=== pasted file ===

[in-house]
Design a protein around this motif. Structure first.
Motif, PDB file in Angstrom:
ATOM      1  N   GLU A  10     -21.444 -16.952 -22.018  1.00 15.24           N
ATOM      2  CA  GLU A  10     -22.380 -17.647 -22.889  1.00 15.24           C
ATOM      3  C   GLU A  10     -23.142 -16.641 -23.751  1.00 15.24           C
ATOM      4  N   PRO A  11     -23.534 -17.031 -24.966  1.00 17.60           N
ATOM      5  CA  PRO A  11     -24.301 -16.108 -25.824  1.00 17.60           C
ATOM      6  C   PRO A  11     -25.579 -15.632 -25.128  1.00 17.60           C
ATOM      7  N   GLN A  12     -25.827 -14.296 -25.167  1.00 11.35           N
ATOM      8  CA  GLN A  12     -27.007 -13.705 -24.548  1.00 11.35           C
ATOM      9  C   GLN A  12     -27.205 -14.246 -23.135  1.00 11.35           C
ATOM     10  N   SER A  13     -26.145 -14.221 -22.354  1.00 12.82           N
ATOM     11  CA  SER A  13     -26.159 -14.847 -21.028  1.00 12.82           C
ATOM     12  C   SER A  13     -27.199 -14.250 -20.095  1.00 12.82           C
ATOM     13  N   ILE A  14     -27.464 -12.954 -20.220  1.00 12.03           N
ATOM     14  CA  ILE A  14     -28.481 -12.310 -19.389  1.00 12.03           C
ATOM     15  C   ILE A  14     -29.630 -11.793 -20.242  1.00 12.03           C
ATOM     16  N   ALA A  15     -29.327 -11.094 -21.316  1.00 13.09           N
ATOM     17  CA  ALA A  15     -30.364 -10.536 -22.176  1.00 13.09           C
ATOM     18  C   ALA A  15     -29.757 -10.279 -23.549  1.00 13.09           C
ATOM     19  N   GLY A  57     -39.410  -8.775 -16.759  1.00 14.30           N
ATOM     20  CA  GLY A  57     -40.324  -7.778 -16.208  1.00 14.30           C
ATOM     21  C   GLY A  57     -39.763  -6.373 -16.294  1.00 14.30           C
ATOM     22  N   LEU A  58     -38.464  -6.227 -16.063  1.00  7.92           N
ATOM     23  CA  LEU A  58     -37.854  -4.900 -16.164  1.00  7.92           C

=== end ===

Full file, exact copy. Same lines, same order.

[in-house]
Design a protein around this motif. Structure first.
Motif, PDB file in Angstrom:
ATOM      1  N   GLU A  10     -21.444 -16.952 -22.018  1.00 15.24           N
ATOM      2  CA  GLU A  10     -22.380 -17.647 -22.889  1.00 15.24           C
ATOM      3  C   GLU A  10     -23.142 -16.641 -23.751  1.00 15.24           C
ATOM      4  N   PRO A  11     -23.534 -17.031 -24.966  1.00 17.60           N
ATOM      5  CA  PRO A  11     -24.301 -16.108 -25.824  1.00 17.60           C
ATOM      6  C   PRO A  11     -25.579 -15.632 -25.128  1.00 17.60           C
ATOM      7  N   GLN A  12     -25.827 -14.296 -25.167  1.00 11.35           N
ATOM      8  CA  GLN A  12     -27.007 -13.705 -24.548  1.00 11.35           C
ATOM      9  C   GLN A  12     -27.205 -14.246 -23.135  1.00 11.35           C
ATOM     10  N   SER A  13     -26.145 -14.221 -22.354  1.00 12.82           N
ATOM     11  CA  SER A  13     -26.159 -14.847 -21.028  1.00 12.82           C
ATOM     12  C   SER A  13     -27.199 -14.250 -20.095  1.00 12.82           C
ATOM     13  N   ILE A  14     -27.464 -12.954 -20.220  1.00 12.03           N
ATOM     14  CA  ILE A  14     -28.481 -12.310 -19.389  1.00 12.03           C
ATOM     15  C   ILE A  14     -29.630 -11.793 -20.242  1.00 12.03           C
ATOM     16  N   ALA A  15     -29.327 -11.094 -21.316  1.00 13.09           N
ATOM     17  CA  ALA A  15     -30.364 -10.536 -22.176  1.00 13.09           C
ATOM     18  C   ALA A  15     -29.757 -10.279 -23.549  1.00 13.09           C
ATOM     19  N   GLY A  57     -39.410  -8.775 -16.759  1.00 14.30           N
ATOM     20  CA  GLY A  57     -40.324  -7.778 -16.208  1.00 14.30           C
ATOM     21  C   GLY A  57     -39.763  -6.373 -16.294  1.00 14.30           C
ATOM     22  N   LEU A  58     -38.464  -6.227 -16.063  1.00  7.92           N
ATOM     23  CA  LEU A  58     -37.854  -4.900 -16.164  1.00  7.92           C